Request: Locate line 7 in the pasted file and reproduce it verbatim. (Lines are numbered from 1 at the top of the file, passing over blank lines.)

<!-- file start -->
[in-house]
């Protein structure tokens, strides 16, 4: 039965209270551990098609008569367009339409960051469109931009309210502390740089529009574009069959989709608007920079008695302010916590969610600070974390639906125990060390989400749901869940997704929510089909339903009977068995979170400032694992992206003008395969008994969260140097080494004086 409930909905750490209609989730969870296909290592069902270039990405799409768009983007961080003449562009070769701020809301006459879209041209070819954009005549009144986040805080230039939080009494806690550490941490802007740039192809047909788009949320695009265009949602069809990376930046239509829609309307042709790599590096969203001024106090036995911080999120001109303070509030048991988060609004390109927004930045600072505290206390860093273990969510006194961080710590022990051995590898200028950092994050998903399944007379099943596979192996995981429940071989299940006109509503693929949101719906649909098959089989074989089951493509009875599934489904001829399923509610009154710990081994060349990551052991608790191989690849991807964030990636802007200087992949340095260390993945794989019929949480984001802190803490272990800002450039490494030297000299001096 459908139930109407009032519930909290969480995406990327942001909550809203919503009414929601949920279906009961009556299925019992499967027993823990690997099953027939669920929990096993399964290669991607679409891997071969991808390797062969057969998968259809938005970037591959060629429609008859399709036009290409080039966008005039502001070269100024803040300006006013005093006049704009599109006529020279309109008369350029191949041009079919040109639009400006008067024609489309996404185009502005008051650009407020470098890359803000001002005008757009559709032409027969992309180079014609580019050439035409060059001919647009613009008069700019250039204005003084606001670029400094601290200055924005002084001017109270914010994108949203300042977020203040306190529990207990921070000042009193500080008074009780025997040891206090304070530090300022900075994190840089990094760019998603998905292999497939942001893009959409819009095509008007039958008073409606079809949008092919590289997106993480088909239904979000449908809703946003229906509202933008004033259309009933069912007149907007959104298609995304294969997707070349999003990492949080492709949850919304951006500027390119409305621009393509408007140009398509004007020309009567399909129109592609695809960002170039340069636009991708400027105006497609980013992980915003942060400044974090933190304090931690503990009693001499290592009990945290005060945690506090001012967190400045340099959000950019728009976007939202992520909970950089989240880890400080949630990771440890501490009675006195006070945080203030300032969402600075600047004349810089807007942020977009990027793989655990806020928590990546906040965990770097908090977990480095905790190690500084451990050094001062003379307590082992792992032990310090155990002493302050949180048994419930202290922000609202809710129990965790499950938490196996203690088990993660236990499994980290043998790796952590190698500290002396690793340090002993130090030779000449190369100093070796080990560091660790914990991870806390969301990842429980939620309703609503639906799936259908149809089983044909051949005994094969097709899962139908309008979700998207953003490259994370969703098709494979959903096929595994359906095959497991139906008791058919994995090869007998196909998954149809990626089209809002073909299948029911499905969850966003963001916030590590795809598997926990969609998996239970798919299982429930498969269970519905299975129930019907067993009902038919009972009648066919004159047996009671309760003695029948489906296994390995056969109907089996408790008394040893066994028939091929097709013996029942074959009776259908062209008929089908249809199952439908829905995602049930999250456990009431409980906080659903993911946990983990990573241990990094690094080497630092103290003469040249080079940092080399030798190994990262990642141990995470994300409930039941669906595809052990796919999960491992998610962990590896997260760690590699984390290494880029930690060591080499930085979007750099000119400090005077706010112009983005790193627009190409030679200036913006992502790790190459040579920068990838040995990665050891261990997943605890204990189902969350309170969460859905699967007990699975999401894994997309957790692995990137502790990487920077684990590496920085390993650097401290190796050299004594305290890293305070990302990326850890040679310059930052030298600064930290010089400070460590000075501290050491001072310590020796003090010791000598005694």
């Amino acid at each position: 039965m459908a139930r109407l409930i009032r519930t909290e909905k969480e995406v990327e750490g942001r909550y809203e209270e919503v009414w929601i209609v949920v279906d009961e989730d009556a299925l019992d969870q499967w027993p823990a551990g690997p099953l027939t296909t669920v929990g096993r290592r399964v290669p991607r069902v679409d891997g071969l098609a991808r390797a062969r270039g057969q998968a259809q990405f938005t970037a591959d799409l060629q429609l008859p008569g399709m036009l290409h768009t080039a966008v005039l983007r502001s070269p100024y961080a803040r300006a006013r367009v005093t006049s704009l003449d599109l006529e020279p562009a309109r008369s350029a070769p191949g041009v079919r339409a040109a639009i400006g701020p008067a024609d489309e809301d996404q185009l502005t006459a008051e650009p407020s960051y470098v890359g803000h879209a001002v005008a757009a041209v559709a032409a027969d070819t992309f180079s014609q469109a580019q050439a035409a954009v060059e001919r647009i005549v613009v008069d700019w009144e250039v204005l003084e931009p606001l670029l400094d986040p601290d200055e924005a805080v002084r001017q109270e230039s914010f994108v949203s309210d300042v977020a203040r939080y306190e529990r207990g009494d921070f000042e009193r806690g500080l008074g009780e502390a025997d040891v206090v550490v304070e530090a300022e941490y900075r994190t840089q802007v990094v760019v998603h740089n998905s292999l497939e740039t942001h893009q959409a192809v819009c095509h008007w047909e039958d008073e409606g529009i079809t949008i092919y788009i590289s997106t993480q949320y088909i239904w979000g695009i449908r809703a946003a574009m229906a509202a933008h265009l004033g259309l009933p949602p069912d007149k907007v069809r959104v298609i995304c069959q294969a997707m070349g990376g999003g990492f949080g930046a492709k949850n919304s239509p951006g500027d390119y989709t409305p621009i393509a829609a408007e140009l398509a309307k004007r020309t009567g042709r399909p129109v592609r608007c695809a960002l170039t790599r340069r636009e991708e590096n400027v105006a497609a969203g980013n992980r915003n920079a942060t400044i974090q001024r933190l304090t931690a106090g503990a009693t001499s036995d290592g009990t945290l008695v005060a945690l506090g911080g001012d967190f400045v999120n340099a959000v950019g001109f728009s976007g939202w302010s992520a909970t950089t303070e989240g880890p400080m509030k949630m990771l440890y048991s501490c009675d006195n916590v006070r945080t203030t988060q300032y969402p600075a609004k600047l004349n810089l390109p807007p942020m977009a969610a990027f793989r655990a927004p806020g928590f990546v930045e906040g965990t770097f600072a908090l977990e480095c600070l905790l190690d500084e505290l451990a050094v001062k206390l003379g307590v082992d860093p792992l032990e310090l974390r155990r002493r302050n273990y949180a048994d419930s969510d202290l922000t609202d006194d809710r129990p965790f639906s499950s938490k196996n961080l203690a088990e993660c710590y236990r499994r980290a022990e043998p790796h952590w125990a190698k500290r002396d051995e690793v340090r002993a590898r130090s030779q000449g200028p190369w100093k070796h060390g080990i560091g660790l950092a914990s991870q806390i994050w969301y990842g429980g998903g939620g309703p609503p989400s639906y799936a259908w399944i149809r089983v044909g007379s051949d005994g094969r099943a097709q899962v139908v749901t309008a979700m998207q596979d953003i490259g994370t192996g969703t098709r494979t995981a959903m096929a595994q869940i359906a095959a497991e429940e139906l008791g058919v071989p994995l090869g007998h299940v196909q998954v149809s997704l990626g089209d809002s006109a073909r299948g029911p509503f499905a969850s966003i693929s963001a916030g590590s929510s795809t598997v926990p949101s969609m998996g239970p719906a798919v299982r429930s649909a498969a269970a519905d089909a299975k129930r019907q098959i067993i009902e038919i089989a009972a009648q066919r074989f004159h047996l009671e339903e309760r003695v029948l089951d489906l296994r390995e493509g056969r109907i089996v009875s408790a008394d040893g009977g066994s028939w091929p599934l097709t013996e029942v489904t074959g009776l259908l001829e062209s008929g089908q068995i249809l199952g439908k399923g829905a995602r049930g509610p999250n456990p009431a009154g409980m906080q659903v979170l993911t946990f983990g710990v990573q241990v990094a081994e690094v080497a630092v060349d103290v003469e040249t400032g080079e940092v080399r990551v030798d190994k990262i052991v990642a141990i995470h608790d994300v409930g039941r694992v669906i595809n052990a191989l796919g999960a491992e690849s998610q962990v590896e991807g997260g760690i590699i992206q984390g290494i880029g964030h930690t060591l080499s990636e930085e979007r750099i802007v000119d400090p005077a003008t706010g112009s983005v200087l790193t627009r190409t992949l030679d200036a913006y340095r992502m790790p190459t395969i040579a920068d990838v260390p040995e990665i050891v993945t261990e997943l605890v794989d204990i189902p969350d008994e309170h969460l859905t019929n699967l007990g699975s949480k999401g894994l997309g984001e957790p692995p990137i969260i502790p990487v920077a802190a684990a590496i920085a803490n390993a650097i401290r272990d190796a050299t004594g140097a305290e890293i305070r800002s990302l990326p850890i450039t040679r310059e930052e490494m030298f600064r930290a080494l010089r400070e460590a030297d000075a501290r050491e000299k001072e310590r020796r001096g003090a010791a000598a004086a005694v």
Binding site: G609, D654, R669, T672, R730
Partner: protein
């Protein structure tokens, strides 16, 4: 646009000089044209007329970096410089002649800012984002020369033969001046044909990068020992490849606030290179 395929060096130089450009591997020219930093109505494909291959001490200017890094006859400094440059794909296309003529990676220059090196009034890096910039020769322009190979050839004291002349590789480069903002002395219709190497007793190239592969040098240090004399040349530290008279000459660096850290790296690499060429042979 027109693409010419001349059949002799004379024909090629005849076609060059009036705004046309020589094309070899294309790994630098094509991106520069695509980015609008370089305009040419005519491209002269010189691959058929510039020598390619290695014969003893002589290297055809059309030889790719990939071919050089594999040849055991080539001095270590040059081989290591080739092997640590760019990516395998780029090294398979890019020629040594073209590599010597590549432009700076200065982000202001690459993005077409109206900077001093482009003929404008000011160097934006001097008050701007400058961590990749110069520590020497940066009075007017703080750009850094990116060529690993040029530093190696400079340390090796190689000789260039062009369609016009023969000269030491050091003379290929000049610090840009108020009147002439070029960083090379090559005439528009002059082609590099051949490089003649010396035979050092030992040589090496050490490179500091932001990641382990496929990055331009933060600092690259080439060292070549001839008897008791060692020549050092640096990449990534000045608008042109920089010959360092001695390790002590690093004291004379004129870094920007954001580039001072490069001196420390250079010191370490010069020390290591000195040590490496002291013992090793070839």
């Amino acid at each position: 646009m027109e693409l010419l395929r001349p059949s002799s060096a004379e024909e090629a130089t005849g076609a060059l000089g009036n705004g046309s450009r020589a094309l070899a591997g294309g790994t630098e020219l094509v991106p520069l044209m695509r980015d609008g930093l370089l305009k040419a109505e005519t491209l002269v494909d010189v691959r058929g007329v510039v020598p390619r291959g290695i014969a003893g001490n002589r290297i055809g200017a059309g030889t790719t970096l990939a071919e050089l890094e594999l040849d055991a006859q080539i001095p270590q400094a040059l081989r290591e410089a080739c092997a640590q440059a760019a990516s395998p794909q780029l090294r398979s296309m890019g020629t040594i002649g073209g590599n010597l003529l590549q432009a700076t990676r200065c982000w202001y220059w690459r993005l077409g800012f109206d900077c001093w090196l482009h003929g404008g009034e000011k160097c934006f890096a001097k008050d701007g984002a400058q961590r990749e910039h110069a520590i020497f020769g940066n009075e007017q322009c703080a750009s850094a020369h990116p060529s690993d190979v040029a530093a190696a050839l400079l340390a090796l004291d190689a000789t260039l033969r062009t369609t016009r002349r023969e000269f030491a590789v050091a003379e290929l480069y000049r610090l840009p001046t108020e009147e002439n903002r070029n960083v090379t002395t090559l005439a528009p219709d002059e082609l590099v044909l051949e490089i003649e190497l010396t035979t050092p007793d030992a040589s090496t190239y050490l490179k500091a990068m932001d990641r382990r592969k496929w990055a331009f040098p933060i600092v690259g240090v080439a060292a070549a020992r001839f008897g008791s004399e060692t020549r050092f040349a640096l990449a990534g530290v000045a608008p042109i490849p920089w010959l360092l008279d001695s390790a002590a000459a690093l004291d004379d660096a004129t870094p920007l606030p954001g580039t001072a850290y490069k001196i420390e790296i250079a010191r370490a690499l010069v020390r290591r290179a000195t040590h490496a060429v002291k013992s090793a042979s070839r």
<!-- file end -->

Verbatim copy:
């Amino acid at each position: 646009m027109e693409l010419l395929r001349p059949s002799s060096a004379e024909e090629a130089t005849g076609a060059l000089g009036n705004g046309s450009r020589a094309l070899a591997g294309g790994t630098e020219l094509v991106p520069l044209m695509r980015d609008g930093l370089l305009k040419a109505e005519t491209l002269v494909d010189v691959r058929g007329v510039v020598p390619r291959g290695i014969a003893g001490n002589r290297i055809g200017a059309g030889t790719t970096l990939a071919e050089l890094e594999l040849d055991a006859q080539i001095p270590q400094a040059l081989r290591e410089a080739c092997a640590q440059a760019a990516s395998p794909q780029l090294r398979s296309m890019g020629t040594i002649g073209g590599n010597l003529l590549q432009a700076t990676r200065c982000w202001y220059w690459r993005l077409g800012f109206d900077c001093w090196l482009h003929g404008g009034e000011k160097c934006f890096a001097k008050d701007g984002a400058q961590r990749e910039h110069a520590i020497f020769g940066n009075e007017q322009c703080a750009s850094a020369h990116p060529s690993d190979v040029a530093a190696a050839l400079l340390a090796l004291d190689a000789t260039l033969r062009t369609t016009r002349r023969e000269f030491a590789v050091a003379e290929l480069y000049r610090l840009p001046t108020e009147e002439n903002r070029n960083v090379t002395t090559l005439a528009p219709d002059e082609l590099v044909l051949e490089i003649e190497l010396t035979t050092p007793d030992a040589s090496t190239y050490l490179k500091a990068m932001d990641r382990r592969k496929w990055a331009f040098p933060i600092v690259g240090v080439a060292a070549a020992r001839f008897g008791s004399e060692t020549r050092f040349a640096l990449a990534g530290v000045a608008p042109i490849p920089w010959l360092l008279d001695s390790a002590a000459a690093l004291d004379d660096a004129t870094p920007l606030p954001g580039t001072a850290y490069k001196i420390e790296i250079a010191r370490a690499l010069v020390r290591r290179a000195t040590h490496a060429v002291k013992s090793a042979s070839r």